Discussion in 'Atlantic Naval Conflict' started by CharlieDontDive, Jul 7, 2020.
Roger. Thank you! A much more edifying response than “nO iT dOeSnT”.
Worth mentioning that the best theory I’ve heard so far was from a modern-day German Navy sailor on Reddit who said it looked like the latching mechanism for the conning tower hatch. That does raise the question, however, of why the object is on the port side of the wreck (touching against the hull), when the sub itself lists ~45 degrees to starboard. If the latching mechanism had fallen off from deterioration, it would be on the opposite side of the wreck.
The conning tower hatch itself is gone and there’s just an empty hole. I don’t recall seeing the hatch on the seafloor off the starboard side- but, then again, I wasn’t really looking for it either. If it is the latching mechanism, it’s present location could be the result of the wreck’s original re-discoverers in 1975. The U-353 didn’t fall under the legal protections of a naval war grave until the 1990’s, so the divers who found her plundered the sh*t out of her. While this was certainly disrespectful of the dead, they did produce a ton of cool artifacts currently on display at Olympus Dive Center.
I’m not sure if the guys in 70’s may have removed the conning tower hatch. I certainly hope not, but by all accounts it seems the hatch was still attached to the sub when she sank, I’m unsure of whether or not it was open at the time, though.
They might have...how easy was it to access the interior back then. I can't imagine it would be easy to get in with an air tank or two.
Welcome to the forum. The legendary OpanaPointer does grow on you over time -- sort of like a fun-loving fungus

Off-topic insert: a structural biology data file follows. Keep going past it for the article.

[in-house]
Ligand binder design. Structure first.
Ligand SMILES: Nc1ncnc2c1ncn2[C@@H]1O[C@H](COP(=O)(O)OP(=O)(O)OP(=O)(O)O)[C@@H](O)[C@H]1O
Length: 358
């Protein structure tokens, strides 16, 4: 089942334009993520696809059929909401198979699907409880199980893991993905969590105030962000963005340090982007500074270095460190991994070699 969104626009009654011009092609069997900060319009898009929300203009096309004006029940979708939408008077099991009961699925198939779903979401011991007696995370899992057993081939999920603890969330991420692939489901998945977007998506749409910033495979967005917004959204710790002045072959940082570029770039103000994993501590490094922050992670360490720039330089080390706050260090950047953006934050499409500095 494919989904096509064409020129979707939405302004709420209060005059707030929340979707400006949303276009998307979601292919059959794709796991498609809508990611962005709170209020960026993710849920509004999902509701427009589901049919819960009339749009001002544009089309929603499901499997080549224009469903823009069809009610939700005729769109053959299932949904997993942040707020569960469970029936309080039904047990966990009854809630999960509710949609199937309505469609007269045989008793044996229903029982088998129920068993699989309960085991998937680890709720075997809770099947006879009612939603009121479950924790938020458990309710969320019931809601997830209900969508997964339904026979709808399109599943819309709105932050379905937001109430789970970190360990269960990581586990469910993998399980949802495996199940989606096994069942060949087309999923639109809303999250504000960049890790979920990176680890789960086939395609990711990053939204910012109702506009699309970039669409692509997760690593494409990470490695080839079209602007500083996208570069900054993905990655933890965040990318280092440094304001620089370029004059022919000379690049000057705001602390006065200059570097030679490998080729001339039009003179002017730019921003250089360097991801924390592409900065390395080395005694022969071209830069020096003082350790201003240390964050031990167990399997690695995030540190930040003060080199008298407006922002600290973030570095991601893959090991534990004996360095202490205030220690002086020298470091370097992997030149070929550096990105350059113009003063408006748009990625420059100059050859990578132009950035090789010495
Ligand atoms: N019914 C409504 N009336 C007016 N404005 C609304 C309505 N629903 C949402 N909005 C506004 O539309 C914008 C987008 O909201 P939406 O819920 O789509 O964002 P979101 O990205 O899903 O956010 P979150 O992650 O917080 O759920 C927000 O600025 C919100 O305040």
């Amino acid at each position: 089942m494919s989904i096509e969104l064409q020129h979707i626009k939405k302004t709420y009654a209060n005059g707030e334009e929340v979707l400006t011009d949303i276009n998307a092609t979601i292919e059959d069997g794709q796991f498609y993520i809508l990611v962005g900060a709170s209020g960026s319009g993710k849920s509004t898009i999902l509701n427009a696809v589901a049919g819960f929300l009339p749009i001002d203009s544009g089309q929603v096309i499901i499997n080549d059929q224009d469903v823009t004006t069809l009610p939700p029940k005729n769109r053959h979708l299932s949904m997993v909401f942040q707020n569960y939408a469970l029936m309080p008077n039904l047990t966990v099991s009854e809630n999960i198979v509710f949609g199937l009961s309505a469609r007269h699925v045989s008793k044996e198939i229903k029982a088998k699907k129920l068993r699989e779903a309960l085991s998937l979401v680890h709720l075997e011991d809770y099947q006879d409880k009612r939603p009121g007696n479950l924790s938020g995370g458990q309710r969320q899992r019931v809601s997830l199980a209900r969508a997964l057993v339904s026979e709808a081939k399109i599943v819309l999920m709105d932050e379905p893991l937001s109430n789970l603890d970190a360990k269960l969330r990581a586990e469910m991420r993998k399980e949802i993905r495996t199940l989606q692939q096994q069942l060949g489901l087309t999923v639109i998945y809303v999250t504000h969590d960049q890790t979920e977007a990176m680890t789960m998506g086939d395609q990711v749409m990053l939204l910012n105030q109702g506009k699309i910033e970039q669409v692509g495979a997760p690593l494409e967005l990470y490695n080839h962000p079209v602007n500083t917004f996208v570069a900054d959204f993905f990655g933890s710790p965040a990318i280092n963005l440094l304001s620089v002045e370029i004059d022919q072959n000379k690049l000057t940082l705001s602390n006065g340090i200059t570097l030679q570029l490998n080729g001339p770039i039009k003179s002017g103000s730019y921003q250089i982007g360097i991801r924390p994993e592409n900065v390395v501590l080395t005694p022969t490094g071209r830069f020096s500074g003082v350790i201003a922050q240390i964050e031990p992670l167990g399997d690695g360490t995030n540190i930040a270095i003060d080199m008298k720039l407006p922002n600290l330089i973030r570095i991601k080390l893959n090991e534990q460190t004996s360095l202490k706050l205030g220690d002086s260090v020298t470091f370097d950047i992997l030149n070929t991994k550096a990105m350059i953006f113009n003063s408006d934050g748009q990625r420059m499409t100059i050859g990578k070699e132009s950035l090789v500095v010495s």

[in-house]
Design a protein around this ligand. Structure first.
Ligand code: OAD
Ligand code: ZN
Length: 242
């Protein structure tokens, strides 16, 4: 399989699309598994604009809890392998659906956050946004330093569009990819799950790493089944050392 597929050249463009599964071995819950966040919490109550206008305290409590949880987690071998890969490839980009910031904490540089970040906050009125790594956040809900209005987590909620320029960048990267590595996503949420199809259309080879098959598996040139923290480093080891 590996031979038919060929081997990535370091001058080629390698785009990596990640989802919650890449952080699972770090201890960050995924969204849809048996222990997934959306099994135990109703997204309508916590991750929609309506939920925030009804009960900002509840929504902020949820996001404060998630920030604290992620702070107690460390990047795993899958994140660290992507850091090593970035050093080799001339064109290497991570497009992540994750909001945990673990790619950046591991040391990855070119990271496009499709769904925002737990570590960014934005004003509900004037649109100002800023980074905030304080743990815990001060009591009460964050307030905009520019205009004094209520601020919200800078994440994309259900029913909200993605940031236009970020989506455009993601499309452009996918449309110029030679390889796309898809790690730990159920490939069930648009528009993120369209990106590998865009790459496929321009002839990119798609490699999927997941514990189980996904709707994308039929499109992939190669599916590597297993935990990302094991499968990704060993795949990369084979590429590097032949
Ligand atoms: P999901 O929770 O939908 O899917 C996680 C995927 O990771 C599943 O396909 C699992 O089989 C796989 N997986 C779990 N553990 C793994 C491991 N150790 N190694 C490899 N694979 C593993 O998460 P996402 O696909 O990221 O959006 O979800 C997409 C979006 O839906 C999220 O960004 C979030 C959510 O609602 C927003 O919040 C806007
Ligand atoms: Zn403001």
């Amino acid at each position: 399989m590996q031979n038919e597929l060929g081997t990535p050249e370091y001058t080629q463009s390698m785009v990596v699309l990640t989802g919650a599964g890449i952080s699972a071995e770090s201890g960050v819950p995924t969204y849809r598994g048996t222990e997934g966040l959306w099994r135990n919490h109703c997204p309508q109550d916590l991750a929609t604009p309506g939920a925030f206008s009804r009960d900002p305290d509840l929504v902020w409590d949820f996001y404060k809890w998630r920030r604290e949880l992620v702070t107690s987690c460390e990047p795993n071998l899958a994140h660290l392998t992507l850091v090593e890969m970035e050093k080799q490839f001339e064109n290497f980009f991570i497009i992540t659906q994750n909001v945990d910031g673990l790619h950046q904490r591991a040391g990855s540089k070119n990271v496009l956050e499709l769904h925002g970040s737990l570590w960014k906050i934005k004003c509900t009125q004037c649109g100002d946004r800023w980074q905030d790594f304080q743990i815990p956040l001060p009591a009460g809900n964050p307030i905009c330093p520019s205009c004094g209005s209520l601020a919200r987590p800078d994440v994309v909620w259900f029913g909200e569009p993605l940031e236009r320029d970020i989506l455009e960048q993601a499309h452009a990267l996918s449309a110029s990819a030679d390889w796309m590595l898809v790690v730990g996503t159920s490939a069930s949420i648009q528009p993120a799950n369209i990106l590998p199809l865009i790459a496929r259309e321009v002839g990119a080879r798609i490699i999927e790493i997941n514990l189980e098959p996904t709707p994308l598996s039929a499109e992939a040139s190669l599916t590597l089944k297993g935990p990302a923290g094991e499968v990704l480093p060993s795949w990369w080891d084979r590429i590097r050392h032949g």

I give in ratio to the requirements.
Folks, it seems the mystery is solved! It's an inflatable life raft container. It was apparently attached to the outside of the U-boat. While I'm not yet sure where on the sub it would have been attached, this does likely explain why it is located in its current position.
Props to whoever runs the Olympus Dive Shop Instagram account.
Interesting. Those are common today and for a while, but I'd never heard of them in WWII.
Hedgehog was a spigot mortar, so firing imposed a recoil on the deck and structure. Its 24 bombs fired two at a time, at fraction of a second intervals, so as to spread out the impact. It still might have been too much for smaller ships like Icarus or sub chasers, hence Mousetrap, a rocket with no recoil force.
Location of the forward life raft containers.
Can't say that I am 100% convinced. I was under the impression that the canisters were about 3 times as deep as they were wide. While the mystery object appears to be about as wide as it is deep.